Parrot keeping has grown dramatically in recent years. I was very involved with parrot rescue for many years and also worked at an avian veterinary clinic for 11 years. Currently, I see many parrots in homes during my daily pet behaviour consultations, usually I am there to see other pets, and I always make a point to go over to say hello.
A sad but consistent theme is an often lack of mental stimulation for these cage-bound creatures. People fail to realize these animals, particularly the larger parrots, spend all their waking time foraging for food, preening, socializing with their flock, and chewing/shredding/destroying branches and other natural products. They have mates - some breed for life - and raise young together. They fly up to 30 miles a day. Our "perch potatoes" are not allowed this luxury, and by keeping them caged, it is our responsibility to provide for their physical and mental enrichment.
Have any of you ever spent a significant time sick, or even worse, in a hospital bed? I have done so, and this was long before the Internet, ipads, or Smart Phones. I can tell you that, for me, after many days -books, writing, artwork and TV (of which I have never been any sort of viewer of) rapidly loose appeal. The walls seem to loom closer and closer, until one fears suffocation.
I can only sympathize with how a caged bird must feel after years of standing on the same dowel rod with the same (if they are lucky) one plastic toy. It is SO imperative that birds be given many toys often, and of various types.
Birds love colour, and there are many colourful acrylic toys, many with bells, mirrors, and other shiny objects, which they also like. More importantly, there is an increasing amount of "puzzle toys" - acrylic toys that one can hide food in - so that the bird gets to use his or her mind to ferret out food treats. In the wild, birds do not eat out of one dish - they must work and work and work to get their meals. This takes hours, but first they must FIND the food - it is not always available in a stale, stationary bowl in the same spot day in and day out.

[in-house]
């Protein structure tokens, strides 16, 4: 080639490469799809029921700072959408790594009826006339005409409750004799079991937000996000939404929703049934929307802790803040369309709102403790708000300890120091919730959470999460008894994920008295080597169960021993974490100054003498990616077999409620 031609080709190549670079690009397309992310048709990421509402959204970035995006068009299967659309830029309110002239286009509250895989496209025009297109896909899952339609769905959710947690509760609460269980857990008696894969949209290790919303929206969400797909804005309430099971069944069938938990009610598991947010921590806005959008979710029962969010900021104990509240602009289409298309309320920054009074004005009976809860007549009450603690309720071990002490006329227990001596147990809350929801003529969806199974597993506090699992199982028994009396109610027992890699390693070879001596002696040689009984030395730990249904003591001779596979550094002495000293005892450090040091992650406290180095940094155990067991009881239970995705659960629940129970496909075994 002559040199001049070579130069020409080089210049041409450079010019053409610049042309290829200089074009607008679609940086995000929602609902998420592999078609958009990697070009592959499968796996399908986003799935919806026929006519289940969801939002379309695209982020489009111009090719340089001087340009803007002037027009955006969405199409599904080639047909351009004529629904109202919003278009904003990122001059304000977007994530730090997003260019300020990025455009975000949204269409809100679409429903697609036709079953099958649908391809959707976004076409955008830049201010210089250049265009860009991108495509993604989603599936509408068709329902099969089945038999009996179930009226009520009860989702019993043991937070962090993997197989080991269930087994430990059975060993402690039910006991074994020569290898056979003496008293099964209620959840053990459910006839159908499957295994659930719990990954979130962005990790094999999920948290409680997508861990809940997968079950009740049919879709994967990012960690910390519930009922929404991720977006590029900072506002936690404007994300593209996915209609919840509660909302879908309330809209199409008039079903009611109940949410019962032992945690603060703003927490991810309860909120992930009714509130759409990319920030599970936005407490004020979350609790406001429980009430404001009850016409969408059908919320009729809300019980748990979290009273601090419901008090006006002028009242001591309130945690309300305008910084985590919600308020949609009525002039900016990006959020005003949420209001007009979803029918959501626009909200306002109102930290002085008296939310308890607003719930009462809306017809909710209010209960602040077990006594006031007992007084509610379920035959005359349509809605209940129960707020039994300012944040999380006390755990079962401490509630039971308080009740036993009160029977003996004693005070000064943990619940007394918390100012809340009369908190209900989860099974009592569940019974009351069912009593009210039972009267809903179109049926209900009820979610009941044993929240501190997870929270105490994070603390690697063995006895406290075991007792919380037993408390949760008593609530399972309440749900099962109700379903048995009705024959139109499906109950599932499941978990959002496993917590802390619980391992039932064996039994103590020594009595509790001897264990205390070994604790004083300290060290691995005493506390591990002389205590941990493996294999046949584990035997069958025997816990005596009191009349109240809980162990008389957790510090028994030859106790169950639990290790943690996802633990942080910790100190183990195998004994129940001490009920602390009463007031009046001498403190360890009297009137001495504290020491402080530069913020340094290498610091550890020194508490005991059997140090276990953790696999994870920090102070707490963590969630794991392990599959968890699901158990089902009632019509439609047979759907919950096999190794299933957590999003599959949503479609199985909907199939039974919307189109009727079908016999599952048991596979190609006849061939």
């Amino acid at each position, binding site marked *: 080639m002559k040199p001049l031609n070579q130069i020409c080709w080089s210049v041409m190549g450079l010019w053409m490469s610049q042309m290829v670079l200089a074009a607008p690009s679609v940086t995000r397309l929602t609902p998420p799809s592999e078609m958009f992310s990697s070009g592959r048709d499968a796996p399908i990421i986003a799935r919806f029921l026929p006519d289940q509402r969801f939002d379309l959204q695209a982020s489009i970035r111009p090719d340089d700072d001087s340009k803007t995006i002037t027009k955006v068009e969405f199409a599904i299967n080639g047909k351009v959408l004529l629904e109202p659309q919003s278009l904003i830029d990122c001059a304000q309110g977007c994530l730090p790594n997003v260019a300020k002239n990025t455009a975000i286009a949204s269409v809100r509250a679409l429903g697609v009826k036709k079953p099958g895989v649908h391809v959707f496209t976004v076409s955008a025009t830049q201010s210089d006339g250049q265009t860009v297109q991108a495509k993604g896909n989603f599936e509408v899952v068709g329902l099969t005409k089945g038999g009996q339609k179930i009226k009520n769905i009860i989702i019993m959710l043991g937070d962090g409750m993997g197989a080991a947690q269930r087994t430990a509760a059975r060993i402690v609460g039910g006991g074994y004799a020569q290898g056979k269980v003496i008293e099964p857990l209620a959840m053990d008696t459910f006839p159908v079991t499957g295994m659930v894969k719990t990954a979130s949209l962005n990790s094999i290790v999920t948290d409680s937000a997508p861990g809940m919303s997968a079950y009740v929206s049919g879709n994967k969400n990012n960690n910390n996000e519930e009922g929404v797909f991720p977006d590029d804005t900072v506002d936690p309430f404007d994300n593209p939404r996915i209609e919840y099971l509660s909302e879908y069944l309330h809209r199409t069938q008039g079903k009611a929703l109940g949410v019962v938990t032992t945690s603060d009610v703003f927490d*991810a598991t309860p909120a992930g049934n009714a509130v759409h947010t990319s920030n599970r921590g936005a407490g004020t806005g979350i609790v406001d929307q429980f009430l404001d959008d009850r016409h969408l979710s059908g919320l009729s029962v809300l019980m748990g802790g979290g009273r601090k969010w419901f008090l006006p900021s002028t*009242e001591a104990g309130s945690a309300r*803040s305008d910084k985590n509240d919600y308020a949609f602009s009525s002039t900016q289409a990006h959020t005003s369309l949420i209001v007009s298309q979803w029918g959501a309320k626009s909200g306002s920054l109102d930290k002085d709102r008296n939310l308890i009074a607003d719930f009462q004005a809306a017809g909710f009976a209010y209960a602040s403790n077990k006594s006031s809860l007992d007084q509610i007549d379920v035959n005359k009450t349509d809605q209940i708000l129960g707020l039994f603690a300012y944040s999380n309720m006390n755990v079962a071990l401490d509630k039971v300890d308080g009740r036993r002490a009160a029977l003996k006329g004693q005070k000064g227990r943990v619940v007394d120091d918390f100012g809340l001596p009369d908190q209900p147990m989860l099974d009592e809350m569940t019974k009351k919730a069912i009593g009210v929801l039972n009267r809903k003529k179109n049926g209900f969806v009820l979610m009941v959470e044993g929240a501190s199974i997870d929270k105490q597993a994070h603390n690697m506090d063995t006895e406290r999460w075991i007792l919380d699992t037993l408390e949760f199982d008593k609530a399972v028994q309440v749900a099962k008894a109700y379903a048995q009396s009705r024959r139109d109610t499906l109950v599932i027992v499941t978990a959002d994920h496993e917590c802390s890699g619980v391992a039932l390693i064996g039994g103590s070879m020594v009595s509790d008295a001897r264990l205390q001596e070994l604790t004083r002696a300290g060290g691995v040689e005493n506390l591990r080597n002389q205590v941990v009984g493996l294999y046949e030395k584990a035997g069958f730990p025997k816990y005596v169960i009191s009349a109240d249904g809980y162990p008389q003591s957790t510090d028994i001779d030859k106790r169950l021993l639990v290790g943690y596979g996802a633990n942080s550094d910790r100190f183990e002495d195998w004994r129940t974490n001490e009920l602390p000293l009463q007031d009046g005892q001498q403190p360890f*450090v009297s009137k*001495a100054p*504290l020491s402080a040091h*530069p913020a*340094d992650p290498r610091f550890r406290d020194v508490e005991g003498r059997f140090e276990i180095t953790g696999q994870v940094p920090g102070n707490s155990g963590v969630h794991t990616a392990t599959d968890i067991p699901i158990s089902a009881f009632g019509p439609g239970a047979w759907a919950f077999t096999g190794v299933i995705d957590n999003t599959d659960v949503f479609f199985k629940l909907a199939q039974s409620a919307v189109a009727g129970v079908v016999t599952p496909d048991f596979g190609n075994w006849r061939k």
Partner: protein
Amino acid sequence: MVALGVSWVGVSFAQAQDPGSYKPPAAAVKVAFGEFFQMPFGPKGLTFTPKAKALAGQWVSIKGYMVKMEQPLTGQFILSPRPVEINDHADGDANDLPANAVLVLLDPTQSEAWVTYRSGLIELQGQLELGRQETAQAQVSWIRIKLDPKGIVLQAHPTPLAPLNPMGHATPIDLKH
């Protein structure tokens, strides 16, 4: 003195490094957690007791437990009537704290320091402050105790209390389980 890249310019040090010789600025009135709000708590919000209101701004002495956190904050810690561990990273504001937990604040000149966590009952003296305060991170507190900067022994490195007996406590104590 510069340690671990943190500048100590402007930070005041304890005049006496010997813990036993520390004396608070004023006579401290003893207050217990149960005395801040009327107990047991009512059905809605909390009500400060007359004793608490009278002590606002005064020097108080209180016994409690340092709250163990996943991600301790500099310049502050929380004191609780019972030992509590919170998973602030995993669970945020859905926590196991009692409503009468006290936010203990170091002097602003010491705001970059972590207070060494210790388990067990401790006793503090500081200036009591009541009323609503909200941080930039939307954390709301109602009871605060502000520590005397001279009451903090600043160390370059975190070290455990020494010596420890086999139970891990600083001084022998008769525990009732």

Chewing is very, very important to birds, and chew toys for destroying are imperative. These toys can be expensive, especially for the larger parrots. My cockatoos and eclectus hen's toys can easily be $40 or above for a starting price. In my Friday post I will give some ideas of how to cheaply and creatively make your own parrot toys.
Lastly, toys should be rotated often, and replaced in different, creative locations within the cage. Variety is the spice of life, and to an animal programmed to not see the same thing every day, this is very important. Also, by rotating toys, you provide your bird with new and interesting things to play with, and keep their lives more interesting and enriched.
A word about perches: VARIETY! Wild birds stand on branches of various types of trees and of various widths. What pet owners often provide - a dowel rod - is even all the way around. If a bird spends all its time standing with the weight of its body on the same pressure points of the feet, this can be very unhealthy and painful. It is crucially important to foot health to have them be able to move up and down a branch of varying widths to maintain proper foot health.
If you don't own a parrot but have friends that do, please pass this information along. Parrots are one of the most misunderstood - and as such, the most unintentionally abused - pets that there are, and in this case, ignorance is not bliss. Please speak up on behalf of those that cannot, and help enrich the lives of our caged companions.
TARA Training and Behavior, LLC
Teaching Animals with Respect and Affection
Friend to Whimmer, 15-year-old Umbrella Cockatoo, rescue from MN; Clare, Eclectus hen, 37-year-old rescue from Chicago; "Bird" (now re-named Tweety-woo, which is what he calls himself), 9-year-old Cockatiel rescue from St. Louis; and Fatoush, 5-year-old Rosie Bourkes Parakeet.